All this has come upon us, yet we have not forgotten you, or been false to your covenant. Our heart has not turned back, nor have our steps departed from your way. . . . If we had forgotten the name of our God, or spread out our hands to a strange god, would not God discover this? For he knows the secrets of the heart. (Ps 44:17-18, 20-21).
By a perversion of justice he was taken away. Who could have imagined his future? . . . They made his grave with the wicked and his tomb with the rich, although he had done no violence, and there was no deceit in his mouth . . . the righteous one, my servant. (Isa 53:8a, 9, 11b)
“They made his grave with the wicked” means that Israel was “cut off” in Babylon.
Some would argue that the servant is not Israel because the servant is said to suffer for the transgressions of many. After all, Israel is not guiltless, as the servant is portrayed. Rather, Israel is being punished in exile for its sins. But this would be wrong. What is presented here is an idealized portrait of Israel. Remember that just above in Psalm 44, Israel proclaims its innocence to Yahweh and its faithfulness to the covenant. And in fact, this is what the author of Second Isaiah says, in the voice of Yahweh, about Israel expressly, just prior to the beginning of the song of the suffering servant:
Long ago, my people went down into Egypt to reside there as aliens; the Assyrian, too, has oppressed them without cause. Now therefore, what am I doing here, says Yahweh, seeing that my people are taken away without cause? Their rulers howl, says Yahweh, and continually, all day long, my name is despised. Therefore my people shall know my name; therefore on that day they shall know that it is I who speak; here am I. (Isa 52:3-6)
Here the author has Yahweh proclaiming Israel’s innocence. He says that Israel was innocent when they were captive in Egypt, that they were innocent when oppressed by the Assyrians, and are innocent now too while in bondage in Babylon. Yahweh’s “name is despised” because his innocent servant, Israel, is suffering.
So whose sins, then, are forgiven on account of the Servant’s suffering? If Israel is, according to Isaiah 52-53, innocent, for whose guilt is Israel atoning? The answer is obvious: remember that the speaker in Isa 53:1-10 is the nations and kings, the ones who taunted Israel, the ones who afflicted Israel, the ones who saw nothing of value in Israel that they should step in to save them. It is for these sins that Israel’s suffering atones. Israel’s suffering and subsequent exaltation effects the very purposes of Yahweh: to make the nations take notice so that they will recognize Yahweh’s power and come to worship him. Israel’s suffering and exaltation makes Israel a light to the Gentiles. This is a pervasive theme throughout Second Isaiah, and is shown in a number of ways.
First, this is what Yahweh says would take place when his anointed one, Cyrus the Persian, accomplishes Yahweh’s purposes for Israel:
Thus says Yahweh to his anointed, to Cyrus,
whose right hand I have grasped
to subdue nations before him
and strip kings of their robes,
to open doors before him—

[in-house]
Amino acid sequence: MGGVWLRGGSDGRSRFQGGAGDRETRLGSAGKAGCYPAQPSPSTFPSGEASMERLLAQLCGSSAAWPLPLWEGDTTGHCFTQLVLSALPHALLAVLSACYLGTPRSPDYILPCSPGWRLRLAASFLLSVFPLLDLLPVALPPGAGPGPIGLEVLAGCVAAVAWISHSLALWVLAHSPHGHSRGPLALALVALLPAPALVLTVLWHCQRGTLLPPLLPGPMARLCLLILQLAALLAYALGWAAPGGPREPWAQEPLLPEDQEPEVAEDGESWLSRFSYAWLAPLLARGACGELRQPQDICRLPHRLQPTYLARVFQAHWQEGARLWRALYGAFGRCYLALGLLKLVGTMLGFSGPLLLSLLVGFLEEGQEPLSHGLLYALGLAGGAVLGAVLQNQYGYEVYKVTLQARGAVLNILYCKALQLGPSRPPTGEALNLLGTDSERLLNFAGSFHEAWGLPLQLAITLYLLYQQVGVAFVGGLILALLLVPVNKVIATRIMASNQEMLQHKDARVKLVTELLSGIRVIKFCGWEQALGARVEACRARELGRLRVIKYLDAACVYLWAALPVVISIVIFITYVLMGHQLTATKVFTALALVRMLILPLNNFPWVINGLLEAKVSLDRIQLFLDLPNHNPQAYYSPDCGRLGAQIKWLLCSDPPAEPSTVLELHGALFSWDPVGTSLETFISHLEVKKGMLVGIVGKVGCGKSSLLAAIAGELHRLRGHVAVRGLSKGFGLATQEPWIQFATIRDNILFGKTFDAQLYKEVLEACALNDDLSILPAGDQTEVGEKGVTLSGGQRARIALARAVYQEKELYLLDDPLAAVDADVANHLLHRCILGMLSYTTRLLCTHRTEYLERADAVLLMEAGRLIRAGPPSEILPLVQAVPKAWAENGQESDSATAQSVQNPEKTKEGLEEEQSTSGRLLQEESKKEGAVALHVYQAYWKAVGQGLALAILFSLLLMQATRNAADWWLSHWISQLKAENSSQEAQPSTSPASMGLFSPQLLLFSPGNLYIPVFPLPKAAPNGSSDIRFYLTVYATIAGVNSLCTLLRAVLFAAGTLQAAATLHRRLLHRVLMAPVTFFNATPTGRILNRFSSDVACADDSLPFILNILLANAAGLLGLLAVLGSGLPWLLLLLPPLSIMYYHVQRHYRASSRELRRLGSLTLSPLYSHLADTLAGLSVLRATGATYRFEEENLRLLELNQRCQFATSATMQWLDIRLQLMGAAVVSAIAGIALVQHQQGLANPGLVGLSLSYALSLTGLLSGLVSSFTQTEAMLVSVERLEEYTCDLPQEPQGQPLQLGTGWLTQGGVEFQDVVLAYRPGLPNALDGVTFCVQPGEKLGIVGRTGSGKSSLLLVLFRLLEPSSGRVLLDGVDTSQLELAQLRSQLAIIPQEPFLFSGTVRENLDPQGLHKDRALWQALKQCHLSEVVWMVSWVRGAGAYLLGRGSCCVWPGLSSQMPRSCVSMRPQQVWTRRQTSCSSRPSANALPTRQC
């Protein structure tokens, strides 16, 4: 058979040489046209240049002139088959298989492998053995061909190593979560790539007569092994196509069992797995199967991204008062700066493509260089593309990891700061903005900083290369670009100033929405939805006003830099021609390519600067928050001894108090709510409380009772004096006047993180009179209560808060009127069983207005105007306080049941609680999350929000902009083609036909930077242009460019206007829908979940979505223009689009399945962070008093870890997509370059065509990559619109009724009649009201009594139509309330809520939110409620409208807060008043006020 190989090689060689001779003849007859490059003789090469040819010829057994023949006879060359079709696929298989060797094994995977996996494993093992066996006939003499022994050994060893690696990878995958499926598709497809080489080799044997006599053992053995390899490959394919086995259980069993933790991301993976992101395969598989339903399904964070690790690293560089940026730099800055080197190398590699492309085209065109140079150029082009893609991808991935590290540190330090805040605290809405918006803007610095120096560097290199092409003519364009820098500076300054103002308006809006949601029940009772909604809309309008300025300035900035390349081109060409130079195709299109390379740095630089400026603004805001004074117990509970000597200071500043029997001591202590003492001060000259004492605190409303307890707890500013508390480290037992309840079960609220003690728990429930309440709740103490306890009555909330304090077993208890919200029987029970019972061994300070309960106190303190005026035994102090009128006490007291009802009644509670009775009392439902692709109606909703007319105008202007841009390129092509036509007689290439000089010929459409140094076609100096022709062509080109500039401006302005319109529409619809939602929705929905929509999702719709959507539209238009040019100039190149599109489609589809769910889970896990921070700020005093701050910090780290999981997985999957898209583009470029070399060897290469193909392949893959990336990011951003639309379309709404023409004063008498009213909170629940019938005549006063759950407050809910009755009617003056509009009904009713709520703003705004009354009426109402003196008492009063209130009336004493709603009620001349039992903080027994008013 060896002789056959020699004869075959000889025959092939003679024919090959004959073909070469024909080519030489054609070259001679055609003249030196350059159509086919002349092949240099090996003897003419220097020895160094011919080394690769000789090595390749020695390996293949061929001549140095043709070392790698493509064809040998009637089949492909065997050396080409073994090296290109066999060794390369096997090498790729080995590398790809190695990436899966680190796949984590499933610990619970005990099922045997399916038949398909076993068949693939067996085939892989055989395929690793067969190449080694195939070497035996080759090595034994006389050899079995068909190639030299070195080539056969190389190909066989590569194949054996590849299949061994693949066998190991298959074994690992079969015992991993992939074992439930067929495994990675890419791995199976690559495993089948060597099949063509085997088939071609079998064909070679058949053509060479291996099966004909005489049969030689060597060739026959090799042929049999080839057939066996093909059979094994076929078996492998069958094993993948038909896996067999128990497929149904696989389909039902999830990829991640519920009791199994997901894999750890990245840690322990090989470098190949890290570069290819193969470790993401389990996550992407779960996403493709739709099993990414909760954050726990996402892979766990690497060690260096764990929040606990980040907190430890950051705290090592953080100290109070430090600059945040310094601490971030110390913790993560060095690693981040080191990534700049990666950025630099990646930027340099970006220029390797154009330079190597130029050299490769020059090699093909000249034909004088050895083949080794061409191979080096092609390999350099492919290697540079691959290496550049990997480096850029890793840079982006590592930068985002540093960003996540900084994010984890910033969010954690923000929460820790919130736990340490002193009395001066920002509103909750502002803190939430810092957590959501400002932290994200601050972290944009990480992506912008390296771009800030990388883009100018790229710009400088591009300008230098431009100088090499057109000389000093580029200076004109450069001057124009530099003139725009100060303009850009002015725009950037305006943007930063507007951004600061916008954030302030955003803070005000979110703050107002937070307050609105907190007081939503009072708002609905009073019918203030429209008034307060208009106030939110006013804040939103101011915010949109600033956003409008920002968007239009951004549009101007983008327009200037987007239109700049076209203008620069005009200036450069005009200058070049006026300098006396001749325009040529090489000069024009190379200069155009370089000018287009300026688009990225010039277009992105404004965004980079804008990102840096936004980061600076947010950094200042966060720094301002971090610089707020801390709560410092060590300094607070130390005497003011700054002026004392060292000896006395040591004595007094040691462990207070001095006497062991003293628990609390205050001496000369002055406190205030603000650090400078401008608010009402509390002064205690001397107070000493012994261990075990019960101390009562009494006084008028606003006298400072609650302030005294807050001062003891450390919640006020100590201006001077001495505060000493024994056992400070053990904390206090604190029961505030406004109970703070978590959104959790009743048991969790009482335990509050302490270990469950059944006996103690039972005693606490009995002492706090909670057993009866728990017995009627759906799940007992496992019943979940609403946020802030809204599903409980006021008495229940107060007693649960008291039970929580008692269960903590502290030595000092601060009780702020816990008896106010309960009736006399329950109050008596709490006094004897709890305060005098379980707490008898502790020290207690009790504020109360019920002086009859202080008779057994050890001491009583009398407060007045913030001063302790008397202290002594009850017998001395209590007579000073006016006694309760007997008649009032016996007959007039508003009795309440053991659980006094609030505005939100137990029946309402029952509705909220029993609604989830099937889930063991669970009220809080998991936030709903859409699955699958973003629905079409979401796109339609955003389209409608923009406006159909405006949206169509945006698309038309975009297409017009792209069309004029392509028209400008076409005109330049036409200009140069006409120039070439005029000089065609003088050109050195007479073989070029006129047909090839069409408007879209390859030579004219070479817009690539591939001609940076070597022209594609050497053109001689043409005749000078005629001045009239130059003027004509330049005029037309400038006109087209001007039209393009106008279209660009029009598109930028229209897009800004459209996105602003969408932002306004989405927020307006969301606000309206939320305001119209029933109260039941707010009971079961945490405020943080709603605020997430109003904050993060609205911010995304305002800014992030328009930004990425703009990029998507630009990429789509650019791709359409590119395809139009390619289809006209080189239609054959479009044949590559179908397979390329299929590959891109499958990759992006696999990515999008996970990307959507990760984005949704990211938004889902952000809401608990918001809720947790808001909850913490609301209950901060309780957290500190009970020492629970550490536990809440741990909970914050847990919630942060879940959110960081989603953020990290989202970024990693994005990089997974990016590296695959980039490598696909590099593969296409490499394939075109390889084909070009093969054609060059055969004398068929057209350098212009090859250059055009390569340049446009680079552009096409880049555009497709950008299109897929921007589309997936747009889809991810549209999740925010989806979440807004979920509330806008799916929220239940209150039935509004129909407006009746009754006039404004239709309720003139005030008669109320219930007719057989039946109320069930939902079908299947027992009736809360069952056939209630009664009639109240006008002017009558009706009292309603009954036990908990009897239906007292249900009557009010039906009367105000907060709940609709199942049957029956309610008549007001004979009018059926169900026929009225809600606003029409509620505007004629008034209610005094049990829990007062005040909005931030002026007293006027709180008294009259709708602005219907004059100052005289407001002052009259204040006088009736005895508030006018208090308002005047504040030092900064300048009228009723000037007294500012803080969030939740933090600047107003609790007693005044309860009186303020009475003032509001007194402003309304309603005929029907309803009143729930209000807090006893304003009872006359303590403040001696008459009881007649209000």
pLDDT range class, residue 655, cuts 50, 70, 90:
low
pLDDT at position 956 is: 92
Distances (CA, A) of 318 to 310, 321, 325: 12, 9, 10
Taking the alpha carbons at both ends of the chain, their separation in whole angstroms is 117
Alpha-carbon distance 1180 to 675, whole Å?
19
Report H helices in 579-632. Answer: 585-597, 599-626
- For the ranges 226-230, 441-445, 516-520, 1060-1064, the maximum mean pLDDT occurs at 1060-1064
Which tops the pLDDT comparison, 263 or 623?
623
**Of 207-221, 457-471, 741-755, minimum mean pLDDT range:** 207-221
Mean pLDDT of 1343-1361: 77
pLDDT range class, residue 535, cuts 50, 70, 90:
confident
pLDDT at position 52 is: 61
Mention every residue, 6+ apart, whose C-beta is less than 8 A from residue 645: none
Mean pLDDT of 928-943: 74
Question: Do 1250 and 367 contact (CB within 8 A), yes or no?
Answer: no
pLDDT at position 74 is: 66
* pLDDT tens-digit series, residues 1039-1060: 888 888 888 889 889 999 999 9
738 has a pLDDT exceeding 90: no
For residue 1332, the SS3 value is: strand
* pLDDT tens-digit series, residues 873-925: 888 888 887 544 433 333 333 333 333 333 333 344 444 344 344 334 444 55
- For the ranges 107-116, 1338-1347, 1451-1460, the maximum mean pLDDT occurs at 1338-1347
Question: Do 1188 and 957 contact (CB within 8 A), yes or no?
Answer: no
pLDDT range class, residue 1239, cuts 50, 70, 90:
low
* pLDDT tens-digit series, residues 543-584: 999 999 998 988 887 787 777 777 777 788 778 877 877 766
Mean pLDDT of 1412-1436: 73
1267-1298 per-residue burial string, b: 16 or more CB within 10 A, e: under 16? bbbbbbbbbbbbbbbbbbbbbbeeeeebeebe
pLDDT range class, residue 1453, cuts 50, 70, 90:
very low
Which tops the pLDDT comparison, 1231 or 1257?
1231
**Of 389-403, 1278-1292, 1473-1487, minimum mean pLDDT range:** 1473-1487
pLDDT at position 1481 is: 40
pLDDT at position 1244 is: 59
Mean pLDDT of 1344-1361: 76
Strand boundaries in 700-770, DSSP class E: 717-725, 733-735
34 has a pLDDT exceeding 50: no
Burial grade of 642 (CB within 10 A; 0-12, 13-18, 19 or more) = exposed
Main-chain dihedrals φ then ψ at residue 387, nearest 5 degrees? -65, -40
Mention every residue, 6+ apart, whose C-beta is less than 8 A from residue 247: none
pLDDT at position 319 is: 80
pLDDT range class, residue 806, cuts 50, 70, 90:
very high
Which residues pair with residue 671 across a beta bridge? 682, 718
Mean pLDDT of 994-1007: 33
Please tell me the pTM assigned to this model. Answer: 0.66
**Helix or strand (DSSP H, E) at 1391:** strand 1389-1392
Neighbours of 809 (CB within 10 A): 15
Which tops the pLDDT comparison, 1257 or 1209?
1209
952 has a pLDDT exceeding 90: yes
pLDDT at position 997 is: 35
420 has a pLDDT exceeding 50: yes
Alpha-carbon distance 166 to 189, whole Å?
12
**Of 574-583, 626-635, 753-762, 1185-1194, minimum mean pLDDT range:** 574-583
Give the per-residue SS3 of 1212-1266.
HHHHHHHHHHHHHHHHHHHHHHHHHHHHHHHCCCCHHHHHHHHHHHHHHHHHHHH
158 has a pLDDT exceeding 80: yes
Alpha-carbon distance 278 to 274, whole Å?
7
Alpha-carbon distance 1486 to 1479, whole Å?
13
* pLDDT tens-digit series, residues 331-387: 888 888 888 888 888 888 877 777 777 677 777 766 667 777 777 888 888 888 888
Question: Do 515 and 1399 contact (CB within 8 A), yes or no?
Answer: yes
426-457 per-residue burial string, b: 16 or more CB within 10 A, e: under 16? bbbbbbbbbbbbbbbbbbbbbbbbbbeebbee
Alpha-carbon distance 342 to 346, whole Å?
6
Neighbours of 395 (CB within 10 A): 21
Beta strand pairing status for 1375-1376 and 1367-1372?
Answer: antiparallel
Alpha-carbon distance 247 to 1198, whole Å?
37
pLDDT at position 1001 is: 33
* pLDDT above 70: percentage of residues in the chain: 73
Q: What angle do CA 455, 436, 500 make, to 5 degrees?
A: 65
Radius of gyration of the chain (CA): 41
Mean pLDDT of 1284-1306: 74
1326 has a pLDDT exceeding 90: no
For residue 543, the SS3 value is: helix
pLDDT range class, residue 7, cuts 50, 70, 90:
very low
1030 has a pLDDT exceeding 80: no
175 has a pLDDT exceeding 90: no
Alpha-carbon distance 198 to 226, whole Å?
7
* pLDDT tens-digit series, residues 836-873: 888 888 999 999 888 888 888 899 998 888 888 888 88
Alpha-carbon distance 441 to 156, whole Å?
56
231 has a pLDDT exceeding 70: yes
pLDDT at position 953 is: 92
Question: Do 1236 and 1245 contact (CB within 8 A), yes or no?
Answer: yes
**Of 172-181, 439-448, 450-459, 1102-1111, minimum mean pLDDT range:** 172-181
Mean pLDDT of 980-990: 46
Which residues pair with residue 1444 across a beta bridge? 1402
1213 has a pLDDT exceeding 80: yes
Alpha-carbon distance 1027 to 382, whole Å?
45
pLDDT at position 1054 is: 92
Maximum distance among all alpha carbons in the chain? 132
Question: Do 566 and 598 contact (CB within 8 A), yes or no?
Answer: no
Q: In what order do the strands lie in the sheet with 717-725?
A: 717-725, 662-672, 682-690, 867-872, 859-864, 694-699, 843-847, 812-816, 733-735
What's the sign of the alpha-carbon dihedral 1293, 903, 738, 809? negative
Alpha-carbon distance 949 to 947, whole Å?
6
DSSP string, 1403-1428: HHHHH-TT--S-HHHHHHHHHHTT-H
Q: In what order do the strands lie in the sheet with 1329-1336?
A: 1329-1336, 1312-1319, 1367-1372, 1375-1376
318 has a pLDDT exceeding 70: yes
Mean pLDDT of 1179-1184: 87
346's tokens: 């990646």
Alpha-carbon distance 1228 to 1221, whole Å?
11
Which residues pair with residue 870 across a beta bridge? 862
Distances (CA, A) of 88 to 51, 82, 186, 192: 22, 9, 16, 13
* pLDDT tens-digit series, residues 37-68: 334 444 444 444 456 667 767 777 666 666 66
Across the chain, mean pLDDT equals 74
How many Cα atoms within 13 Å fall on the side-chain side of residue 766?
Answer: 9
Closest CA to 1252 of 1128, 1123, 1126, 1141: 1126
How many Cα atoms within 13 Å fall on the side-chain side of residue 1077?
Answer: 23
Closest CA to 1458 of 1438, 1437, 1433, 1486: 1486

and the gates shall not be closed:
I will go before you
and level the mountains,
I will break in pieces the doors of bronze
and cut through the bars of iron,
I will give you the treasures of darkness
and riches hidden in secret places,
so that you may know that it is I, Yahweh,
the God of Israel, who call you by your name.
For the sake of my servant Jacob,
and Israel my chosen,
I call you by your name,
I surname you, though you do not know me.
I am Yahweh, and there is no other;
besides me there is no god.
I arm you, though you do not know me,
so that they may know, from the rising of the sun
and from the west, that there is no one besides me;
I am Yahweh, and there is no other.
I form light and create darkness,
I make weal and create woe;
I Yahweh do all these things.
Shower, O heavens, from above,
and let the skies rain down righteousness;
let the earth open, that salvation may spring up,
and let it cause righteousness to sprout up also;
I Yahweh have created it.
Woe to you who strive with your Maker,
earthen vessels with the potter!
Does the clay say to the one who fashions it, ‘What are you making?’
or ‘Your work has no handles’?
Woe to anyone who says to a father, ‘What are you begetting?’
or to a woman, ‘With what are you in labor?’
Thus says Yahweh,
the Holy One of Israel, and its Maker:
Will you question me about my children,
or command me concerning the work of my hands?
I made the earth,
and created humankind upon it;
it was my hands that stretched out the heavens,
and I commanded all their host.
I have aroused Cyrus in righteousness,
and I will make all his paths straight;
he shall build my city
and set my exiles free,
not for price or reward,
says Yahweh of hosts.
Thus says Yahweh:
The wealth of Egypt and the merchandise of Ethiopia,
and the Sabeans, tall of stature,
shall come over to you and be yours,
they shall follow you;
they shall come over in chains and bow down to you.
They will make supplication to you, saying,
‘God is with you alone, and there is no other;
there is no god besides him.’
Truly, you are a God who hides himself,
O God of Israel, the Savior.
All of them are put to shame and confounded,
the makers of idols go in confusion together.
But Israel is saved by Yahweh
with everlasting salvation;
you shall not be put to shame or confounded
to all eternity.
For thus says Yahweh,
who created the heavens
(he is God!),
who formed the earth and made it
(he established it;
he did not create it a chaos,
he formed it to be inhabited!):
I am Yahweh, and there is no other.
I did not speak in secret,
in a land of darkness;
I did not say to the offspring of Jacob,
‘Seek me in chaos.’
I Yahweh speak the truth,
I declare what is right.